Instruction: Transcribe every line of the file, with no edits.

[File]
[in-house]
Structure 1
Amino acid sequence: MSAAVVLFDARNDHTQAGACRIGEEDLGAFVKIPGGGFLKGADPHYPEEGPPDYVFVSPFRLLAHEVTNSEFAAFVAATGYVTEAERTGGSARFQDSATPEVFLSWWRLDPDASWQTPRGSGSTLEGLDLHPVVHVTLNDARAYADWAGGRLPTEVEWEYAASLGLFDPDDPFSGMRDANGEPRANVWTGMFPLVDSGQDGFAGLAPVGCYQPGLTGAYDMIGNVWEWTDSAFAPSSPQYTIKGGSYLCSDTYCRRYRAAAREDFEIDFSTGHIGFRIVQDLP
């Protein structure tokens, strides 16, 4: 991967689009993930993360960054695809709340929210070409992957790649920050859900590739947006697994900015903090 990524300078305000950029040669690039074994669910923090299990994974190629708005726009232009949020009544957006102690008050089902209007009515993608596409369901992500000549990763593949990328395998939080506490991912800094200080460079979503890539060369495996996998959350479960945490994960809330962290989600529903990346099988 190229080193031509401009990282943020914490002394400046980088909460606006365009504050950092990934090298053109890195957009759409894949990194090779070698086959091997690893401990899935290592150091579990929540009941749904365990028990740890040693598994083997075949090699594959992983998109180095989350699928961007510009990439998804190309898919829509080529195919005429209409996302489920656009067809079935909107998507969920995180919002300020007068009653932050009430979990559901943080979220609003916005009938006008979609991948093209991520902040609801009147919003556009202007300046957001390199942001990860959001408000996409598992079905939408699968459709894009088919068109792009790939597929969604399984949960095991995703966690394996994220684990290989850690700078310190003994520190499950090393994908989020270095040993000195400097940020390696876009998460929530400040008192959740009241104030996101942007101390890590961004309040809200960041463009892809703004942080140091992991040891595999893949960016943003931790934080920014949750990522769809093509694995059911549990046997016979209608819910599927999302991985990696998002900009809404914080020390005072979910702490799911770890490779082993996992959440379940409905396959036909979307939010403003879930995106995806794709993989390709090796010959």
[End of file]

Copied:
[in-house]
Structure 1
Amino acid sequence: MSAAVVLFDARNDHTQAGACRIGEEDLGAFVKIPGGGFLKGADPHYPEEGPPDYVFVSPFRLLAHEVTNSEFAAFVAATGYVTEAERTGGSARFQDSATPEVFLSWWRLDPDASWQTPRGSGSTLEGLDLHPVVHVTLNDARAYADWAGGRLPTEVEWEYAASLGLFDPDDPFSGMRDANGEPRANVWTGMFPLVDSGQDGFAGLAPVGCYQPGLTGAYDMIGNVWEWTDSAFAPSSPQYTIKGGSYLCSDTYCRRYRAAAREDFEIDFSTGHIGFRIVQDLP
């Protein structure tokens, strides 16, 4: 991967689009993930993360960054695809709340929210070409992957790649920050859900590739947006697994900015903090 990524300078305000950029040669690039074994669910923090299990994974190629708005726009232009949020009544957006102690008050089902209007009515993608596409369901992500000549990763593949990328395998939080506490991912800094200080460079979503890539060369495996996998959350479960945490994960809330962290989600529903990346099988 190229080193031509401009990282943020914490002394400046980088909460606006365009504050950092990934090298053109890195957009759409894949990194090779070698086959091997690893401990899935290592150091579990929540009941749904365990028990740890040693598994083997075949090699594959992983998109180095989350699928961007510009990439998804190309898919829509080529195919005429209409996302489920656009067809079935909107998507969920995180919002300020007068009653932050009430979990559901943080979220609003916005009938006008979609991948093209991520902040609801009147919003556009202007300046957001390199942001990860959001408000996409598992079905939408699968459709894009088919068109792009790939597929969604399984949960095991995703966690394996994220684990290989850690700078310190003994520190499950090393994908989020270095040993000195400097940020390696876009998460929530400040008192959740009241104030996101942007101390890590961004309040809200960041463009892809703004942080140091992991040891595999893949960016943003931790934080920014949750990522769809093509694995059911549990046997016979209608819910599927999302991985990696998002900009809404914080020390005072979910702490799911770890490779082993996992959440379940409905396959036909979307939010403003879930995106995806794709993989390709090796010959």